If you're looking for more-detailed feature comparisons, check out our giant AV receiver spreadsheet, which compares the TX-NR525 with other 2013 models as we review them.
Setup: Not quite on the mark
The TX-NR525 features Audyssey's MultEQ automatic speaker calibration system, which takes just a couple minutes if you use the Quick Start option. Audyssey correctly identified all of our speakers as "Small" speakers and came up with a 100Hz crossover setting for all five speakers. That crossover setting is fine for the Aperion's center-channel speaker and the satellites used for the surround channels, but 100Hz is too high for the Aperion 4T tower speakers we test with, which we usually run with a 60Hz setting.
When we checked why Audyssey selected that crossover setting we discovered the TX-NR525 is limited to only one crossover setting for all the speakers in the system. That would be fine if you're using similarly sized speakers for the front left, right, center, and surround channels, but since our front left and right speakers are towers and the others are much smaller, the 100Hz setting was a compromise. Audyssey also set the subwoofer volume much too high, which we also encountered with the.
We next tried the full MultEQ routine, moving the mic to six different positions in the CNET listening room, and that took about 12 minutes to complete. MultEQ came up with the same 100Hz crossover setting, and the sub was again definitely too loud. The sound was a little different than it was with the Quick Setup, because after you run MultEQ, you get the Audyssey Movie EQ setting, and Audyssey Dynamic EQ is turned on. That's a shame; those features are useful for maintaining volume and tonal balance for late-night listening levels, but they add unwanted processing and limit dynamic range for normal listening. If you're paying $400 for an AV receiver, you deserve to hear it at its best. We ended up manually turning down the subwoofer volume for our listening tests.
Sound quality: Just below par
Sound-quality evaluations of AV receivers (and other amplifiers) are controversial. Some say all AV receivers sound the same, others disagree, and we're not likely to settle that argument anytime soon.
What we can say is that AV receiver sound quality has much, much less effect on overall sound quality than speakers or room acoustics, so you're better off spending your home theater budget there. CNET's sound quality evaluations are strictly subjective, with resident golden ear Steve Guttenberg comparing similarly priced models in an identical listening environment using the same speakers.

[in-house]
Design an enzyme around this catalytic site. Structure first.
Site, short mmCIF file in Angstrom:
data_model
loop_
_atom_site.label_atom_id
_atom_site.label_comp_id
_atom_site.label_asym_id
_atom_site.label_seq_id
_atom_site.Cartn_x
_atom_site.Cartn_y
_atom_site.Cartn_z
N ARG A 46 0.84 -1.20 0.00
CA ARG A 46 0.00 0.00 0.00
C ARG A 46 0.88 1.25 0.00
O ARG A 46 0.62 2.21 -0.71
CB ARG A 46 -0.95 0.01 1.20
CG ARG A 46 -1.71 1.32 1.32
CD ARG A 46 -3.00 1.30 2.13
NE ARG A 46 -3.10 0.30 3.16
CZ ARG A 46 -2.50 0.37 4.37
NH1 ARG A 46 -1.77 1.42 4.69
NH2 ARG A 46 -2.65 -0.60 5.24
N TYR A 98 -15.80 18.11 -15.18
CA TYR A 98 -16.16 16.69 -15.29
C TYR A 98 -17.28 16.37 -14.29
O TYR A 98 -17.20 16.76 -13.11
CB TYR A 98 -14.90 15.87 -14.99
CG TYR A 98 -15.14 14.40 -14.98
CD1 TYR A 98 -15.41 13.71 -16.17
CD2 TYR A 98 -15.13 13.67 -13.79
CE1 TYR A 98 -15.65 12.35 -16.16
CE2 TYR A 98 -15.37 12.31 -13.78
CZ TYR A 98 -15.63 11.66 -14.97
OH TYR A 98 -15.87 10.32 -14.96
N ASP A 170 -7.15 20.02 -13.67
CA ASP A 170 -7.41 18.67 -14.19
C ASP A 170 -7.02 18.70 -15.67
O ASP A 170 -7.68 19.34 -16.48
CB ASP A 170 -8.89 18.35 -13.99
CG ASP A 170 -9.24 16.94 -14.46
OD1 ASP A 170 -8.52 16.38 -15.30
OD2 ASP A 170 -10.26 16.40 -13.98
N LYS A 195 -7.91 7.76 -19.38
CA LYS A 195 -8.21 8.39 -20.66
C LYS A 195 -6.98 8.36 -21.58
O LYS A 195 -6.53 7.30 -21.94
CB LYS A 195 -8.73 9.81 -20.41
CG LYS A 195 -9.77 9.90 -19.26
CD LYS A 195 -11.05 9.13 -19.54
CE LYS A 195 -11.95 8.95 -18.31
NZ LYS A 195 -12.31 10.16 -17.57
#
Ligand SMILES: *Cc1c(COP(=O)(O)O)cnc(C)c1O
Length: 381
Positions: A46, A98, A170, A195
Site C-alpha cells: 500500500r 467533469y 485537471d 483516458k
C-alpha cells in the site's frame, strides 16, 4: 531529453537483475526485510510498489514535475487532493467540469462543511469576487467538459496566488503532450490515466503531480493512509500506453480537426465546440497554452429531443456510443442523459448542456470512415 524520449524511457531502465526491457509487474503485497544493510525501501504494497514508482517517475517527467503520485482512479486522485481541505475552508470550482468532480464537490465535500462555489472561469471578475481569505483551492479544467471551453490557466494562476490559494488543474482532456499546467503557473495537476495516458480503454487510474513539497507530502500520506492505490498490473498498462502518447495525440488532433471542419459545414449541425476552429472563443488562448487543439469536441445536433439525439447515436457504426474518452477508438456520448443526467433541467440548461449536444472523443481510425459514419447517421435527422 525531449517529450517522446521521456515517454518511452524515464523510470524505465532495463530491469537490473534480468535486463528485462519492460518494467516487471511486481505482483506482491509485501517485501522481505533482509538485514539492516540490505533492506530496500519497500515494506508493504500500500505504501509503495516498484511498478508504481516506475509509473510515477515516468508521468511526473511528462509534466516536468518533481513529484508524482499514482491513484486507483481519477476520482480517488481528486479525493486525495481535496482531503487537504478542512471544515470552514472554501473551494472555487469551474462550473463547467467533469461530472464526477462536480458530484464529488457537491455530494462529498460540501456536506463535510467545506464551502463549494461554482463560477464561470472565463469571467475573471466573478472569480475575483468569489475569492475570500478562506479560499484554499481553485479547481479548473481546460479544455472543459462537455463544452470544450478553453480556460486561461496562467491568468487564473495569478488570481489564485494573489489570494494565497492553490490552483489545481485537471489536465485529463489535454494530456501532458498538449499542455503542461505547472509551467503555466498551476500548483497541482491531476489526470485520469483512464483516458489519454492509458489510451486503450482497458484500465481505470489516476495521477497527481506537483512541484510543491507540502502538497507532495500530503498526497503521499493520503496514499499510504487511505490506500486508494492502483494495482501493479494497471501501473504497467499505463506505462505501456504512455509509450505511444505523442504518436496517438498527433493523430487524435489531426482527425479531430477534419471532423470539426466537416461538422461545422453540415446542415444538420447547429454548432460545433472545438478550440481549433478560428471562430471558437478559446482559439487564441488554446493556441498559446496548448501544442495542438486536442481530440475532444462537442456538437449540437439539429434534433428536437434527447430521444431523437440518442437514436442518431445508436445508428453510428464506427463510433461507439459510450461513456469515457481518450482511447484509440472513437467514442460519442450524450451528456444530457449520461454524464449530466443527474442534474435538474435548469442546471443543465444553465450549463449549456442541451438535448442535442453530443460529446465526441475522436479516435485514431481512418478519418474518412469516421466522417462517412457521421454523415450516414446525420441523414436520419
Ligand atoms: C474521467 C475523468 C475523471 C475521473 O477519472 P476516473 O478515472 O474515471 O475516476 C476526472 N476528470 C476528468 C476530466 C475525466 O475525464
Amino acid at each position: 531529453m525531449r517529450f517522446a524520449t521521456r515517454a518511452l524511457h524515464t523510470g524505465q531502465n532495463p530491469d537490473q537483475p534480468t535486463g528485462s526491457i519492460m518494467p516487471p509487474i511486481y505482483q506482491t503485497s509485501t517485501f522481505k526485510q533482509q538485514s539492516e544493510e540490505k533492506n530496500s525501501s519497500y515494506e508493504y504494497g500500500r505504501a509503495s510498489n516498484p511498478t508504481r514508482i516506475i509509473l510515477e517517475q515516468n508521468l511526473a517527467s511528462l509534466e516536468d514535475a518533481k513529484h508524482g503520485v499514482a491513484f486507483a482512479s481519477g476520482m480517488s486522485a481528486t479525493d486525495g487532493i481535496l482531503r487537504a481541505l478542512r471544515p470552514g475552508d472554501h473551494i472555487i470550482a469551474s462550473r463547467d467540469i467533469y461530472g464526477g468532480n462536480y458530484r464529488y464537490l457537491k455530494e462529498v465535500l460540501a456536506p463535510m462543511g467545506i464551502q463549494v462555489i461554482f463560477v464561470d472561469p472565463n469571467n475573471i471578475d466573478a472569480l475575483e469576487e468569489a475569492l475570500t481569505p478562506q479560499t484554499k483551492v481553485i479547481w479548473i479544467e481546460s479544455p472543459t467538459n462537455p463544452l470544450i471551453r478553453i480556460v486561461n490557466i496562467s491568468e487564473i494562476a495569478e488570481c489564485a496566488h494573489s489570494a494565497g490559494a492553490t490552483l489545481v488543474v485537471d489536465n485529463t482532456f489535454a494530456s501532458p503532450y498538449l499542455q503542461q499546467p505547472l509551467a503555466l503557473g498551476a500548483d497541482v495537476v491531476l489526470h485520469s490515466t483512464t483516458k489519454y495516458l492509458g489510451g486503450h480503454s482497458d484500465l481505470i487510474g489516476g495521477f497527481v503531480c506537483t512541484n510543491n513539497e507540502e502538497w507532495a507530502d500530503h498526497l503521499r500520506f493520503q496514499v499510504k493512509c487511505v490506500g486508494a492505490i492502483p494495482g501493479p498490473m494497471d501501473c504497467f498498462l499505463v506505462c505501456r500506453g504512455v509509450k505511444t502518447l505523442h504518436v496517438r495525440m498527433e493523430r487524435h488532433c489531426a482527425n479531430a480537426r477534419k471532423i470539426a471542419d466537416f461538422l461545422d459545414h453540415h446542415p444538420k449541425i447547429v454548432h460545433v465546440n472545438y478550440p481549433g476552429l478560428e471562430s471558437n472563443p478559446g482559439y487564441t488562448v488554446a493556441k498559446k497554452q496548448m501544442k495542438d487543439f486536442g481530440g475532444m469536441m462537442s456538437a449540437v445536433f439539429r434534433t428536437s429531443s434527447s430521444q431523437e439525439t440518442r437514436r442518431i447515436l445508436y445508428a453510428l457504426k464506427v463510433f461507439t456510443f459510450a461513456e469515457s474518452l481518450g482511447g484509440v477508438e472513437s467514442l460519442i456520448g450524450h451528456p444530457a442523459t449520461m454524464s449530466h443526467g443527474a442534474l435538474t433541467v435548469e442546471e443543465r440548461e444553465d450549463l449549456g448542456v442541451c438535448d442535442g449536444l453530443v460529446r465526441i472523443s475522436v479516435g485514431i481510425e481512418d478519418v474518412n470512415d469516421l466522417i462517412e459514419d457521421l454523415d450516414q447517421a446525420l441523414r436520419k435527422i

We started our listening tests with our usual action movies and music discs, and we noticed right away that the subwoofer and towers' blend was a bit off. Ideally, you don't want to hear the subwoofer as a distinct source; all the bass should appear to come from the speakers. That was the case, but the 4T towers didn't have the muscular bass power we get from other receivers, including the Onkyo TX-NR626 (we had the subwoofer volume turned down on both receivers from the Audyssey settings). The subwoofer's bass isn't the issue, it's how it blends with the speakers.
With some of the better music Blu-ray discs, like "Brand New Opry: Here & There" the acoustic instruments had a bit more body and weight to their sound with the TX-NR626, and vocals were more realistic too. The TX-NR525 was close, but not the same, though both receivers created excellent, room-filling surround.
With the "I Robot" Blu-ray we fast-forwarded to the scene where Del Spooner (Will Smith) gets assaulted by robots while driving his sports car. The robots are piloting two large trucks, and the barrage of shredding metal, screeching tires, breaking glass, and gunshots was impressive, though we felt the TX-NR626 communicated the hard-hitting dynamics with more authority than the TX-NR525.
Finishing up with music, we put on the "Cream: Royal Albert Hall, 2005" Blu-ray, and were to find the Sony STR-DN1040 receiver produced a more immersive surround feel to the concert than we heard from the TX-NR525. Not only that, the front three speakers' sound stage depth was more fully developed, and Jack Bruce's electric bass had superior definition as well.
The TX-NR525 sounded perfectly fine on its own, but the other receivers edged it out on a number of counts.
What are the alternatives?
The strongest alternative to the TX-NR525 is Sony's STR-DN840. Yes, it's more expensive, but you're getting a lot of added wireless functionality for $50. If you're considering getting one of Onkyo's wireless accessories, the price difference is nearly moot and you end up getting more without needing to have a USB adapter hanging out of the front of your receiver.
From the other end of the spectrum, Marantz's NR1403 is a tempting no-frills option if you're mostly interested in the TX-NR525's six HDMI inputs and the superior sound quality an AV receiver offers compared with sound bars. The slimline look is considerably sleeker than the bulky TX-NR525's appearance, although note that the NR1403 doesn't offer any networking functionality. (And that's .)
Finally, it's worth considering whether you even need an full-fledged AV receiver in the first place. If you're willing to downsize your home audio system to stereo, you might be able to use a. They sound great, take up a lot less room, and can make your home theater much simpler.
Conclusion: Packed with HDMI, but weak on wireless
The Onkyo TX-NR525 offers up a lot of HDMI connectivity for the price, but it's not the best value pick if you want wireless audio streaming, even with its affordable adapters.